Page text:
Prison for pet thieves as dognapping to be made criminal offence

A new criminal offence of pet abduction is to be introduced following a surge in thefts during the pandemic, as the government looks to crackdown on offenders.

The new offence will recognise animals as companions and as sentient beings, rather than solely as property, as the law currently does.

It follows the recommendation from the government’s Pet Theft Taskforce , launched in May in response to skyrocketing rates of pet abduction during the pandemic.

The group was tasked with making recommendations to make it more difficult for thieves to steal and sell pets, whilst making it easier for the police to catch them.

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The taskforce determined that dognapping comprised the majority of pet abductions during the pandemic, accounting for seven out of 10 thefts. Reports of stolen dogs rose by about 20 per cent from 2019 levels, with some 2,000 complaints in 2020.

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The group believes the rise in pet abductions was driven by a surge in demand for canine companions beginning in the first national coronavirus lockdown last April.

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This surge in demand caused prices for the most sought-after breeds to rise steeply, some by nearly 90 per cent, creating a lucrative black-market industry for organised criminals.

Currently, pet theft falls under the Theft Act 1968 which considers a stolen pet to be a loss of property to its owners, with a maximum jail sentence of seven years. But there is limited evidence that such harsh punishments are ever handed down, as sentence severity is partially determined by the monetary value of items stolen.

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As a new, separate criminal offence, stolen pets would be recognised as sentient beings. The offence will also recognise the emotional distress caused to both the animal and the owner, and will prioritise the welfare of the stolen pet. A maximum jail term for the offence has yet to be confirmed.

Other taskforce recommendations include requiring more details when registering microchips, particularly when transferring a dog to a new owner; enabling easier access to microchip databases to make it easier to register pets, and track those that have been lost or stolen; and raising awareness around prevention measures and ongoing police initiatives.

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Home secretary Priti Patel said that the new law would give police an additional tool to bring thieves to justice whilst raising awareness about the crime.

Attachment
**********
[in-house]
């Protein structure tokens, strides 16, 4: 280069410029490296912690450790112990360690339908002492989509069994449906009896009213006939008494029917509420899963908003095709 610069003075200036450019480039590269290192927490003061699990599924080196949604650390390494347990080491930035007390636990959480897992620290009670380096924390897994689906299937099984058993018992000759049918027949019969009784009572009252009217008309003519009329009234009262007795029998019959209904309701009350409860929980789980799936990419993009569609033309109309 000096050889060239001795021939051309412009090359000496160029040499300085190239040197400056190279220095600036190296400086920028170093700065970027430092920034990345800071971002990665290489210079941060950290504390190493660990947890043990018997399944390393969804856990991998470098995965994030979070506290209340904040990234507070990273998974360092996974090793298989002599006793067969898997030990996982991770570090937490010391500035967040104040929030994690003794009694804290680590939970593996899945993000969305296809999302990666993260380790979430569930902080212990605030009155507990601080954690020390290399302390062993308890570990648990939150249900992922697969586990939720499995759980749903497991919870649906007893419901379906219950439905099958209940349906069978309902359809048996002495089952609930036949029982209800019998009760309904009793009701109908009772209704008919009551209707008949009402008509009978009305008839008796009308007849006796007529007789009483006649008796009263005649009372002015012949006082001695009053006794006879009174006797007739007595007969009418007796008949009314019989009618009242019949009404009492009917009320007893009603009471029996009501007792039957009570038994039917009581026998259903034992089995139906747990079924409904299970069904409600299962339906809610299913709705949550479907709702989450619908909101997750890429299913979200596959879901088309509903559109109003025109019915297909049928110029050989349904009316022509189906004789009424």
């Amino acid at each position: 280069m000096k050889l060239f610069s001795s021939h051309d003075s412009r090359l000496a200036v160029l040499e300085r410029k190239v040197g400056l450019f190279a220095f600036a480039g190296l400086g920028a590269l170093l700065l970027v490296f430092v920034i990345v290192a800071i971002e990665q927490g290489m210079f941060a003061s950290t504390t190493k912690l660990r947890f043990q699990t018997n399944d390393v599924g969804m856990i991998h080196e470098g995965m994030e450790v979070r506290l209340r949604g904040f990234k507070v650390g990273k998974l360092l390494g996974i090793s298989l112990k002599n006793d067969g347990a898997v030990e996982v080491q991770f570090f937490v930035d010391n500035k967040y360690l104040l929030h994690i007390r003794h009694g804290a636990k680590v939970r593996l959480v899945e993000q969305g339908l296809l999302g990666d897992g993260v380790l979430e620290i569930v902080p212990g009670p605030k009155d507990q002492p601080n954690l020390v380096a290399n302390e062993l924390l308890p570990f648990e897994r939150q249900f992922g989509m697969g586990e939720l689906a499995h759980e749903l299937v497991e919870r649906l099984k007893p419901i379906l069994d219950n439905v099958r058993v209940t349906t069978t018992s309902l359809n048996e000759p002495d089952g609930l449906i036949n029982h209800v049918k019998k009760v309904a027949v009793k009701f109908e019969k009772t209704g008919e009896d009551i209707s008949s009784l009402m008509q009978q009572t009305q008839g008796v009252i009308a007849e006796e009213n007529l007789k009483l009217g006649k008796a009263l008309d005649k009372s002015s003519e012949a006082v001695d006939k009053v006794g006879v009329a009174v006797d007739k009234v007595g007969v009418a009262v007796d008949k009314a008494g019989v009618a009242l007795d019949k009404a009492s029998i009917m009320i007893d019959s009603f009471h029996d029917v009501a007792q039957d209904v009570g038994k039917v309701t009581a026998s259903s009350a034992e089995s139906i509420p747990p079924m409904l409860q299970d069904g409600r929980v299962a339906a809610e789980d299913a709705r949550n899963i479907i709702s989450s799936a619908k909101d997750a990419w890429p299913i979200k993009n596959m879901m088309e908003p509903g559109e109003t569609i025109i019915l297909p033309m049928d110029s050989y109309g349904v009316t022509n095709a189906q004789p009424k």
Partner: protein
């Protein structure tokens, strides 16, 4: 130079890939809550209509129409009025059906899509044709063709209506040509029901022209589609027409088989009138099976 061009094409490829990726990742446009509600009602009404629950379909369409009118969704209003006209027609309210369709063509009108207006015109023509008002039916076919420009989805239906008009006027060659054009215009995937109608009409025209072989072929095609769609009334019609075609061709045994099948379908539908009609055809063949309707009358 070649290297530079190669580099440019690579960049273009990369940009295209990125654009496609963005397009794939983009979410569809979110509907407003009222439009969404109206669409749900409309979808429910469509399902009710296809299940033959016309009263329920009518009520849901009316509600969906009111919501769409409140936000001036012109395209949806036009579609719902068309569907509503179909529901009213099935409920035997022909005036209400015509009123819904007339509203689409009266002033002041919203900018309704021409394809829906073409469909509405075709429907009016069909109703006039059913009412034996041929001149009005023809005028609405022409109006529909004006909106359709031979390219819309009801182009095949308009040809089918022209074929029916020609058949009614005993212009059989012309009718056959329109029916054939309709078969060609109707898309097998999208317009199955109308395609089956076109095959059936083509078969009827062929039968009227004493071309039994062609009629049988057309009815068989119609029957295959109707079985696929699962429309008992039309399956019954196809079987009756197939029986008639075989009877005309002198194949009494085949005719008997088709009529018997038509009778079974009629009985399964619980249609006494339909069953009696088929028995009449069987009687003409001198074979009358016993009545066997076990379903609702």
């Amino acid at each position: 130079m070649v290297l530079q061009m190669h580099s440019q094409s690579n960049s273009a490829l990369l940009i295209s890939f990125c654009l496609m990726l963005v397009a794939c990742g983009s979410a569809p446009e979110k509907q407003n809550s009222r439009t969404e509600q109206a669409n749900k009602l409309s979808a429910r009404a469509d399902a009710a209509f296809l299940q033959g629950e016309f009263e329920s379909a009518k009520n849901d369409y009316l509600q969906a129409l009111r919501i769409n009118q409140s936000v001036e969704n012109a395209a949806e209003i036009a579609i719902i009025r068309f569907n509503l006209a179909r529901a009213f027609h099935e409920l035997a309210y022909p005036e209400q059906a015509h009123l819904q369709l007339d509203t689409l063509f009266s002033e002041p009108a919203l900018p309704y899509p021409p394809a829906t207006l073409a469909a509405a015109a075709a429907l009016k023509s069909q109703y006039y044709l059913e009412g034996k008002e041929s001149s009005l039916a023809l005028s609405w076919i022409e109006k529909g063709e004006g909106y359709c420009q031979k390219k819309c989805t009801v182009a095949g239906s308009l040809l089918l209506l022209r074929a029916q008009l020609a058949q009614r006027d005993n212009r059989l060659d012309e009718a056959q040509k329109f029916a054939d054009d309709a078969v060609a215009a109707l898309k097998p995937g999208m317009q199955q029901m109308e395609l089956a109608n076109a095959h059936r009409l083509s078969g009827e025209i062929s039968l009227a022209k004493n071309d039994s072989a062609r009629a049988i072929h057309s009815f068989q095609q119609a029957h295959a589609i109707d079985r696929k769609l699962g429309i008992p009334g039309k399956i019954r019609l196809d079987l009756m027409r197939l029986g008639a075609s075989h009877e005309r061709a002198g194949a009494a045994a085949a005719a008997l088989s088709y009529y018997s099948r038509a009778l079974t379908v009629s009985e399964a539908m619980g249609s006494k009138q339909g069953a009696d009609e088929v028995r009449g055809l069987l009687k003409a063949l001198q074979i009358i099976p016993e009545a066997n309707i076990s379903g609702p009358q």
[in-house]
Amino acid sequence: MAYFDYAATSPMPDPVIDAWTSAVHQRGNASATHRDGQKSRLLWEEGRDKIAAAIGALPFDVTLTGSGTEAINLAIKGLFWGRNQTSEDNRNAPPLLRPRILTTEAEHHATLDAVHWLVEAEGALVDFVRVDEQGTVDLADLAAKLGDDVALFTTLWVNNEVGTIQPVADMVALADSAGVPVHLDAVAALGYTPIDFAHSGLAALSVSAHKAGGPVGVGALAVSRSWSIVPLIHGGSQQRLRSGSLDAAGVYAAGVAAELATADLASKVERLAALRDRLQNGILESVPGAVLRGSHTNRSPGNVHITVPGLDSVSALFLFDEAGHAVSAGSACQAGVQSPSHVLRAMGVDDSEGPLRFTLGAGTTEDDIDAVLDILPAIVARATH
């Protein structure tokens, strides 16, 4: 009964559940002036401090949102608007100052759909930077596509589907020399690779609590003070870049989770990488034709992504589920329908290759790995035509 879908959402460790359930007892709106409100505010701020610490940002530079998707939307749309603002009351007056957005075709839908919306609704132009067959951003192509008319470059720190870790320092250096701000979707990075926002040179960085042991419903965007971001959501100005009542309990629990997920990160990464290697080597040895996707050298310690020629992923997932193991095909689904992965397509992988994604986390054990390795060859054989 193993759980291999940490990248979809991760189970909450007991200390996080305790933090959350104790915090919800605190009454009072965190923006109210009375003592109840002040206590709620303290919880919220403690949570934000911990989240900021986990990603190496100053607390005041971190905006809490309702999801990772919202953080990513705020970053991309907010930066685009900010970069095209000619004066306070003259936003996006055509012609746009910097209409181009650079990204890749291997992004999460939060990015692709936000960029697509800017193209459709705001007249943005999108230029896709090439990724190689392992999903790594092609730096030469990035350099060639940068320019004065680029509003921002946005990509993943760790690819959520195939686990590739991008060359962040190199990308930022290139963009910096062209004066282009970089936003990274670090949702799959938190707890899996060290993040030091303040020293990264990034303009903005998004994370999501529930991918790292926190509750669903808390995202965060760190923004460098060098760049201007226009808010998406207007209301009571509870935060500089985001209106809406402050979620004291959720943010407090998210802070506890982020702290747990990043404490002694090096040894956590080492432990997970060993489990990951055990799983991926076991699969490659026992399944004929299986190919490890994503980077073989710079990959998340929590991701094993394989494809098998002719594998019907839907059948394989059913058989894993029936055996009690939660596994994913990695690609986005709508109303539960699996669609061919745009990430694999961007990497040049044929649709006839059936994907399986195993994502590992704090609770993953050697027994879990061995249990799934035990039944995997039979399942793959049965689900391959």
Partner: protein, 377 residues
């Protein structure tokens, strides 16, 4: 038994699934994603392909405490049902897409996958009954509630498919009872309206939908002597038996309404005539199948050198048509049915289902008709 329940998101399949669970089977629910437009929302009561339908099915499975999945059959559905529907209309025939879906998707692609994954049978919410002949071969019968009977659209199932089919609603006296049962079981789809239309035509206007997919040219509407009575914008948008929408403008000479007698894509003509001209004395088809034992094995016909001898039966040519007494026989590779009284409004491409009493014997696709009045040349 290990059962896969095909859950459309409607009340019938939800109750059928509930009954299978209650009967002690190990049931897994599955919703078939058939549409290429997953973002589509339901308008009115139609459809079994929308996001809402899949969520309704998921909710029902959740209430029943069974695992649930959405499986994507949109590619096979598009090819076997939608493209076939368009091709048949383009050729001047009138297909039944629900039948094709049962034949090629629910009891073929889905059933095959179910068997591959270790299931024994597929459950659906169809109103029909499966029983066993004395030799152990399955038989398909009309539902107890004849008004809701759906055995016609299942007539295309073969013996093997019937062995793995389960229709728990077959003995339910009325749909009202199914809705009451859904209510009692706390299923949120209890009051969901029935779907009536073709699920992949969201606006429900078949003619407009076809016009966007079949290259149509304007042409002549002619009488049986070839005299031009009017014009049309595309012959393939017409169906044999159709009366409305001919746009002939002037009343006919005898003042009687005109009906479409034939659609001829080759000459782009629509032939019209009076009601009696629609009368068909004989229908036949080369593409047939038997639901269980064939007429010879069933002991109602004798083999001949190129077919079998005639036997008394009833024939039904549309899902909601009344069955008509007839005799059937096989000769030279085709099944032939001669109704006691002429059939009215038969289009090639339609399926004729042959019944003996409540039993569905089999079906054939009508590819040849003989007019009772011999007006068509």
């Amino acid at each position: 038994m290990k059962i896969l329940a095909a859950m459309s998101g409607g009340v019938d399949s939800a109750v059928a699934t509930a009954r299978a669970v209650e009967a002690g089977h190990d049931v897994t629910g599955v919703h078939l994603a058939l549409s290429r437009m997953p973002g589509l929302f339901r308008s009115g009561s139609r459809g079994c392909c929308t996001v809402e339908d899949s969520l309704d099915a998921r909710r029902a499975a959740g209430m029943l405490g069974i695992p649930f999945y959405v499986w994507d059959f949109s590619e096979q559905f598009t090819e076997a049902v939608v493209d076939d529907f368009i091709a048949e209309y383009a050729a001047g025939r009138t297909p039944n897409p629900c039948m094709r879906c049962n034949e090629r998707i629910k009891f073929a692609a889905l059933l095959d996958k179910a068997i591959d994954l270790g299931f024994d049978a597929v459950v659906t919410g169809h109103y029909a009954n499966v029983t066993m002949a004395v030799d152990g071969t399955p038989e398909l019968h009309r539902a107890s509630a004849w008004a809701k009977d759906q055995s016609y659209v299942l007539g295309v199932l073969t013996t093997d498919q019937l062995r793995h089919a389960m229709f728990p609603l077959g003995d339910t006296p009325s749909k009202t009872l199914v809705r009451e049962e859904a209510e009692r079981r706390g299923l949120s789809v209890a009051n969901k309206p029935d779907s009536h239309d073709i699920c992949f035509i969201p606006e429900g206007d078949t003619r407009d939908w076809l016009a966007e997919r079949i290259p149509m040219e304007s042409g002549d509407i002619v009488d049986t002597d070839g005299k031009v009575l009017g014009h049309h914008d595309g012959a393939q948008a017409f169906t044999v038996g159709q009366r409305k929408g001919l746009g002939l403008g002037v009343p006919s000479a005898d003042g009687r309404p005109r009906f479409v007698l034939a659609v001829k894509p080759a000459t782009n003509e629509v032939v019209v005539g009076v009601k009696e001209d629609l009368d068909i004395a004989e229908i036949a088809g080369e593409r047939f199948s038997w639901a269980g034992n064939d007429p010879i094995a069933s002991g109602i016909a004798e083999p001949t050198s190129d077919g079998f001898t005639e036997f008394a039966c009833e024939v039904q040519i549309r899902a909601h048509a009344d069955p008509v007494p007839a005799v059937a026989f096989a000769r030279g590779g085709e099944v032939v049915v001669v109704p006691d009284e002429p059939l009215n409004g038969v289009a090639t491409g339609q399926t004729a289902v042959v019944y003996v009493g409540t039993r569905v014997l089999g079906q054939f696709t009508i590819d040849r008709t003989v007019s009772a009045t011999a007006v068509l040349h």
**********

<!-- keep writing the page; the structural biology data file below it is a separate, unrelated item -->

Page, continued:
“Stealing a pet is an awful crime which can cause families great emotional distress whilst callous criminals line their pockets,” Priti Patel said.

“The new offence of pet abduction acknowledges that animals are far more than just property and will give police an additional tool to bring these sickening individuals to justice.”

Chris Sherwood, RSPCA chief executive welcomed the plans that recognised the seriousness of pet theft. He said: “Pet theft can leave families in utter turmoil and have serious welfare implications for animals ripped away from everything they know.

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“The new Pet Abduction Offence will acknowledge the seriousness of this crime and we hope will encourage courts to hand down much tougher sentences to pet thieves,” he added.Taskforce partner Deputy Chief Constable Amanda Blakeman said that police forces would now be better able to respond to pet theft, through the “specific crime that recognises pets as valued members of the family with a significant emotional impact”.She also urged anyone purchasing a dog to use the Blue Cross or RSPCA website ensure they were buying from a responsible and genuine seller. She added that police continue to advise all dog owners to remain vigilant and avoid leaving their pet unattended in public.

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The new pet abduction offence is expected to be brought in through primary legislation in due course, potentially being added to the Police, Crime, Sentencing and Courts Bill, which is currently making its way through parliament.Diane James, from the Blue Cross pet bereavement charity which has campaigned on the subject, said: “We hope changes to sentencing laws are brought in swiftly but would still advise owners to continue to be vigilant and follow advice to prevent becoming a victim of this abhorrent crime.”

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